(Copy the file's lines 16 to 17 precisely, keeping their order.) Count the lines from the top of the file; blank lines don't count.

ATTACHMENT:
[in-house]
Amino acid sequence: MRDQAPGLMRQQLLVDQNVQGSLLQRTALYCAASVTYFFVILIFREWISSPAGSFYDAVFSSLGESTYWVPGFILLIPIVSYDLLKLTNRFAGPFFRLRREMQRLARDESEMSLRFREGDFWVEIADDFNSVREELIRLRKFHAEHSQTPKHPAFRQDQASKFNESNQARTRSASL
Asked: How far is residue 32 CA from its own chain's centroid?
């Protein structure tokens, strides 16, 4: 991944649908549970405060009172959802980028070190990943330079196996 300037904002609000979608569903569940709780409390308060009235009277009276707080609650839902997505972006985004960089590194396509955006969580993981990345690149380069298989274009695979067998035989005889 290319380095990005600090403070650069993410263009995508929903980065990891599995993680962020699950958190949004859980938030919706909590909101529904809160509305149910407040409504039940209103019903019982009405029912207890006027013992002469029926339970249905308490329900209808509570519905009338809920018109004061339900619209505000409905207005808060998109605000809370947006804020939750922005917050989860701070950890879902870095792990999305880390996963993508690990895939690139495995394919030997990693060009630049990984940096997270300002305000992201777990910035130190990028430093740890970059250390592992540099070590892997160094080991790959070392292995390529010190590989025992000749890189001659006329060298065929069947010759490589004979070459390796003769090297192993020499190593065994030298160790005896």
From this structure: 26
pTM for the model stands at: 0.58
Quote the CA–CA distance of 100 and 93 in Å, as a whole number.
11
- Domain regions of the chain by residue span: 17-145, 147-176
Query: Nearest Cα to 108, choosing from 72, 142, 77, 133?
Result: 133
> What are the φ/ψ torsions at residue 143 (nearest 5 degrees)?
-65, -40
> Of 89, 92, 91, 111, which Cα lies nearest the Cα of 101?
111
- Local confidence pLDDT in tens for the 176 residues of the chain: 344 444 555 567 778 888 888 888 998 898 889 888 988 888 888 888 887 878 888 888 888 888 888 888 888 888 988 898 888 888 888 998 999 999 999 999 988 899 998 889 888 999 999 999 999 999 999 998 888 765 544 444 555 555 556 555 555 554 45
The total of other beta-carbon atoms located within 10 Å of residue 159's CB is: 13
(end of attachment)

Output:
- Local confidence pLDDT in tens for the 176 residues of the chain: 344 444 555 567 778 888 888 888 998 898 889 888 988 888 888 888 887 878 888 888 888 888 888 888 888 888 988 898 888 888 888 998 999 999 999 999 988 899 998 889 888 999 999 999 999 999 999 998 888 765 544 444 555 555 556 555 555 554 45
The total of other beta-carbon atoms located within 10 Å of residue 159's CB is: 13